What is an API?

Understanding REST, GraphQL, and the Evolution of APIs

What are APIs and why do they matter?

Imagine you’re ordering food at a restaurant. You look at the menu, pick your dishes, and tell the waiter your order. The waiter then goes to the kitchen, puts in your order, and brings back the prepared dishes.

The waiter serves as an interface between you and the kitchen. You don’t need to know how the kitchen prepares the food — you simply rely on the waiter to communicate your order and deliver the results.

This is similar to how APIs work in software. The API serves as an interface between two applications. One app makes a request to the API (the order), without needing to know how it’s implemented on the server side. The API then returns the response (the dishes).

For example, a weather app shows forecasts without knowing how weather data is aggregated and analyzed on the back-end. It simply calls the weather API to get the needed results.

So in essence, APIs act as intermediaries that handle communication and data exchange between different applications, abstracting away underlying complexities.

A brief history of API development

APIs have evolved significantly from their early beginnings to the integral role they play today.

In the 1960s and 1970s, APIs were mostly internal, providing connectivity between mainframe systems and custom software within organizations. For example, American Airlines developed an API in the 1960s for its Sabre airline reservation system.

The advent of service-oriented architecture in the 1990s led to the growth of web APIs, also called web services. Companies like eBay (1997), Amazon (2002), PayPal (2000), and Salesforce (2000) offered public APIs for payments, shopping carts, and infrastructure services.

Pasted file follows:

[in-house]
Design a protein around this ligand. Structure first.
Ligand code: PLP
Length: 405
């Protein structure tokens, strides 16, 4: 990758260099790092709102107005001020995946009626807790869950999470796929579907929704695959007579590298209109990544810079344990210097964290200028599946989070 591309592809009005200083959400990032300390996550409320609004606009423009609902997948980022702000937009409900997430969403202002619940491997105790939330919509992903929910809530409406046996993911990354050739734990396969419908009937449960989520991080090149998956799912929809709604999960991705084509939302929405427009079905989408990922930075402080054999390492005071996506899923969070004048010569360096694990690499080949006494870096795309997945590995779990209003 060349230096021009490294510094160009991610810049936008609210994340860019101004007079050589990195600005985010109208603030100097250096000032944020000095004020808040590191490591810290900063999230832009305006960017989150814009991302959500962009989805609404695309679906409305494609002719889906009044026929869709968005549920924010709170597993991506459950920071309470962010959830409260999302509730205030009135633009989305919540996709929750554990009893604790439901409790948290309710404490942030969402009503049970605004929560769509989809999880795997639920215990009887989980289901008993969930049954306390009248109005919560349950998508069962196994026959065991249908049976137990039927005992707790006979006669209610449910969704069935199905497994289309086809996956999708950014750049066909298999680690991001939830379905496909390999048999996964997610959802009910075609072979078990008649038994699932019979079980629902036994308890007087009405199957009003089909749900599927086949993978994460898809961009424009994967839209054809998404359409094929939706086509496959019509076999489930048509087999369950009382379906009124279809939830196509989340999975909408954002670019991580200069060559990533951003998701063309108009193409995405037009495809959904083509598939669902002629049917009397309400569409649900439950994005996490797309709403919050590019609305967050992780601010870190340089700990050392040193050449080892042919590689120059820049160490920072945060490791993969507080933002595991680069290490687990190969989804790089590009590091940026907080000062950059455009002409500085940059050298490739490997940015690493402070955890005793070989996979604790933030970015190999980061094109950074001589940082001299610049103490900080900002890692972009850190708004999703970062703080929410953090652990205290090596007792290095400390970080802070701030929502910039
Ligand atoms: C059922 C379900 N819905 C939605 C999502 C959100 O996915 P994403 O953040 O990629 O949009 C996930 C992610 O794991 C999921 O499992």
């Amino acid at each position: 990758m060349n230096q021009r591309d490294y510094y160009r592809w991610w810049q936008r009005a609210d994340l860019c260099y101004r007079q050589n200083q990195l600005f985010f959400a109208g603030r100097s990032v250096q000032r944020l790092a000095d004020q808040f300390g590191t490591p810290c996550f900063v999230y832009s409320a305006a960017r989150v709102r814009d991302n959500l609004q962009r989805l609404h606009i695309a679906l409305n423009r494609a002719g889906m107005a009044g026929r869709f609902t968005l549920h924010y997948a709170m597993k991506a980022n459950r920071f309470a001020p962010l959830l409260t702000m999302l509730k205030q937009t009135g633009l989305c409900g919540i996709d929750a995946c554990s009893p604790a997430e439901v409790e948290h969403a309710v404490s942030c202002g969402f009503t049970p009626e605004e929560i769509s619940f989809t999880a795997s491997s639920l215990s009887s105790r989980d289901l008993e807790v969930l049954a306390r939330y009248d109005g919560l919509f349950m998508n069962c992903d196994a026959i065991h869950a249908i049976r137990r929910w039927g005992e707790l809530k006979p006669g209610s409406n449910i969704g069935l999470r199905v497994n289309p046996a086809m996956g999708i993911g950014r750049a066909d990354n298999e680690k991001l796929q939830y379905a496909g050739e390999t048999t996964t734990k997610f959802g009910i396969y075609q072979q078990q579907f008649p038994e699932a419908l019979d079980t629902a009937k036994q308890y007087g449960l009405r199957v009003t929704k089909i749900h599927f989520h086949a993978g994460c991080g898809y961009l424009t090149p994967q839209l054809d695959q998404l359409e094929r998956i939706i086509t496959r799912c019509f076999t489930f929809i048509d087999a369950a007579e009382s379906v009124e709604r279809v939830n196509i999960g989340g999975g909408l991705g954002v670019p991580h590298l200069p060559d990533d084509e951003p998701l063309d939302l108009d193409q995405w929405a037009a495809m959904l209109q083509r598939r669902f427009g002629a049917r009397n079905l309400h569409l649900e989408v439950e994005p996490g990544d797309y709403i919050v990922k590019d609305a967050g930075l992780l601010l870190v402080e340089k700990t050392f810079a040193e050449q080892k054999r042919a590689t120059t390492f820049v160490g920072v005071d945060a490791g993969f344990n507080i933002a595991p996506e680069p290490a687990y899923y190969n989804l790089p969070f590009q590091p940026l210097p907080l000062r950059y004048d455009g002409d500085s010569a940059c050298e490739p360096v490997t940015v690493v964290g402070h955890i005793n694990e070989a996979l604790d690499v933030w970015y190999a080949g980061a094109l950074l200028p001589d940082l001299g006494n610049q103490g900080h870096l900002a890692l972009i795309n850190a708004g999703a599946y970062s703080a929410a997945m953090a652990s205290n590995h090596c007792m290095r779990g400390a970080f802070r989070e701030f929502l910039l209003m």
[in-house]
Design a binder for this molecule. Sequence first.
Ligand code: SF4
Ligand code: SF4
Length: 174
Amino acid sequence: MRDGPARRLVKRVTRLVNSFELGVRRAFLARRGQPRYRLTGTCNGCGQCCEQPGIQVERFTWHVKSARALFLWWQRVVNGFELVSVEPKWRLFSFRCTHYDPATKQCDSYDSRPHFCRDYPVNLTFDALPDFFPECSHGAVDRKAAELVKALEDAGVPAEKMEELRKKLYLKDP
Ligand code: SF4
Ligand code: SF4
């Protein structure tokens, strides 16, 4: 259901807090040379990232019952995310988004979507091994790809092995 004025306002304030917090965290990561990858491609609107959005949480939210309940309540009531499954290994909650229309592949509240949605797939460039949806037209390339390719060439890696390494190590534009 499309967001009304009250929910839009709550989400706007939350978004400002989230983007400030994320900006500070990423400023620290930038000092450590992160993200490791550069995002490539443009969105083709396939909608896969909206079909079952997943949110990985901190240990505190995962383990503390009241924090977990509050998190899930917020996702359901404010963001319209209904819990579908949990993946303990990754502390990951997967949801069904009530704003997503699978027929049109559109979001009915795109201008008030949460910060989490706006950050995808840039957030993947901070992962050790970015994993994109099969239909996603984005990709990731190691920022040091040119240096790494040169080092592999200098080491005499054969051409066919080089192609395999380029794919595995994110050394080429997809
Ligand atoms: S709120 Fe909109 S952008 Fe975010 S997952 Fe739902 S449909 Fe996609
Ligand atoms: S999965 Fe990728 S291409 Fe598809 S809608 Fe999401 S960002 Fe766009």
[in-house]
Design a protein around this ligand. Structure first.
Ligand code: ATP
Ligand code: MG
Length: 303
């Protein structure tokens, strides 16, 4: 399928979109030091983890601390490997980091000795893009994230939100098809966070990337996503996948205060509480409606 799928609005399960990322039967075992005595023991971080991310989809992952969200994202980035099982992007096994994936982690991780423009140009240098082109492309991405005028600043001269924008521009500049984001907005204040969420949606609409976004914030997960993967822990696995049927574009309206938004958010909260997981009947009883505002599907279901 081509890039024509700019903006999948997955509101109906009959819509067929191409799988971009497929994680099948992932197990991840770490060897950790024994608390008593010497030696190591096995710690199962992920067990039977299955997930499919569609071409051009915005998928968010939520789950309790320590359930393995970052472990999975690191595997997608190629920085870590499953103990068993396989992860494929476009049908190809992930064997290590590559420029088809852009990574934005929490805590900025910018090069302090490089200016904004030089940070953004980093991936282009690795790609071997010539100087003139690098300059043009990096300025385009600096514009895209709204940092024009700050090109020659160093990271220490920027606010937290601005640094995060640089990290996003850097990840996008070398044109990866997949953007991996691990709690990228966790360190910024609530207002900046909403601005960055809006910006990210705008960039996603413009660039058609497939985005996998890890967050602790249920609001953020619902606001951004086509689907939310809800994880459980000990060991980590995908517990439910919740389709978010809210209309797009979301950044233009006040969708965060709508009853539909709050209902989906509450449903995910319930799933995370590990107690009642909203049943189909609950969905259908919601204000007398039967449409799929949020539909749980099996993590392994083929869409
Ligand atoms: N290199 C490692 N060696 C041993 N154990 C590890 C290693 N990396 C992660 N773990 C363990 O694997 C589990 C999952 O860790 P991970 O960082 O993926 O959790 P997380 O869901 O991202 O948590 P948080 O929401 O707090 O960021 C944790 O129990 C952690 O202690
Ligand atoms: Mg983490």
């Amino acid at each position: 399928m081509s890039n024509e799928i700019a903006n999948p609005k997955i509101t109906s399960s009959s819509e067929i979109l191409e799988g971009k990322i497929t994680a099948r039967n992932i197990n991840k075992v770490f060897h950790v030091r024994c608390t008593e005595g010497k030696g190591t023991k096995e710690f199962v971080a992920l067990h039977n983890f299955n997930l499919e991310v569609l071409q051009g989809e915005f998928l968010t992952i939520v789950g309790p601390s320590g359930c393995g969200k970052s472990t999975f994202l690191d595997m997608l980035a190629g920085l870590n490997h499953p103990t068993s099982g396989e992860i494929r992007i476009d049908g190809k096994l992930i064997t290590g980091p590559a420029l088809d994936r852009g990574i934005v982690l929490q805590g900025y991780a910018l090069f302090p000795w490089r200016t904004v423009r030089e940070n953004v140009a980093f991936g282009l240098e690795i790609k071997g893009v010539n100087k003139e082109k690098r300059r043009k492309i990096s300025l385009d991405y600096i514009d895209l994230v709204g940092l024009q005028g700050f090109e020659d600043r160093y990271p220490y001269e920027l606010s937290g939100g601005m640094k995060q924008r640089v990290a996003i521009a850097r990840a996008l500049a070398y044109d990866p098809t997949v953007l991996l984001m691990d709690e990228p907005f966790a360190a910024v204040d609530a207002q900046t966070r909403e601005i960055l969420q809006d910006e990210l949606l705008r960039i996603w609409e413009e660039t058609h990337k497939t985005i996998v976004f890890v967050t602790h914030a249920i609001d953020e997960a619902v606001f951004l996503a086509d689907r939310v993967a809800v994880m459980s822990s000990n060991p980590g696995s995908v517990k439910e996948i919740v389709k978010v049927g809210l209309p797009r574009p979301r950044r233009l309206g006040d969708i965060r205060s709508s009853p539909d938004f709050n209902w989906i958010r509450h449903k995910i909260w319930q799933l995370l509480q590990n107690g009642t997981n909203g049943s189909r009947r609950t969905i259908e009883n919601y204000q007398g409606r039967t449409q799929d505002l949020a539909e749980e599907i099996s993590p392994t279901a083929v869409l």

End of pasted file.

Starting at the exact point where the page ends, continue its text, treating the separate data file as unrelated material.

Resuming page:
The launch of the Google Maps API in 2005 and the Twitter API in 2006 accelerated the opening of public web APIs. They enabled new mashups and applications built on established platforms. Facebook, YouTube, and others followed this open API model.

The mobile app explosion in the late 2000s further drove API adoption. Uber (2009), Airbnb (2008), and Instagram (2010) relied on APIs to connect mobile apps to back-end services. The client-server separation became a standard pattern.

Today, API-first companies like Twilio (2008), Stripe (2010), and Plaid (2013) are disrupting industries by offering core functionality through APIs rather than traditional applications. The API economy continues to thrive.

Key API concepts and architecture

While APIs come in many forms, there are some common architectural concepts and components that apply to many web-based APIs.

At a high level, APIs allow client applications to access data or functionality from a server via API calls. The client makes requests to the API’s endpoints (URLs) and receives back responses.

For web APIs, requests and responses are typically sent over HTTP or HTTPS. APIs use HTTP request methods like GET, POST, PUT, and DELETE to perform operations. Response codes like 200 OK, 400 Bad Request, and 500 Server Error indicate the request status.

Most modern web APIs return data in lightweight JSON format rather than XML. Developer documentation and SDKs make it easier to integrate with APIs.

Other common API architecture components include:

  • Authentication like API keys to identify applications

  • Rate limiting to prevent abuse

  • Versioning to evolve APIs without breaking changes

  • Caching to improve performance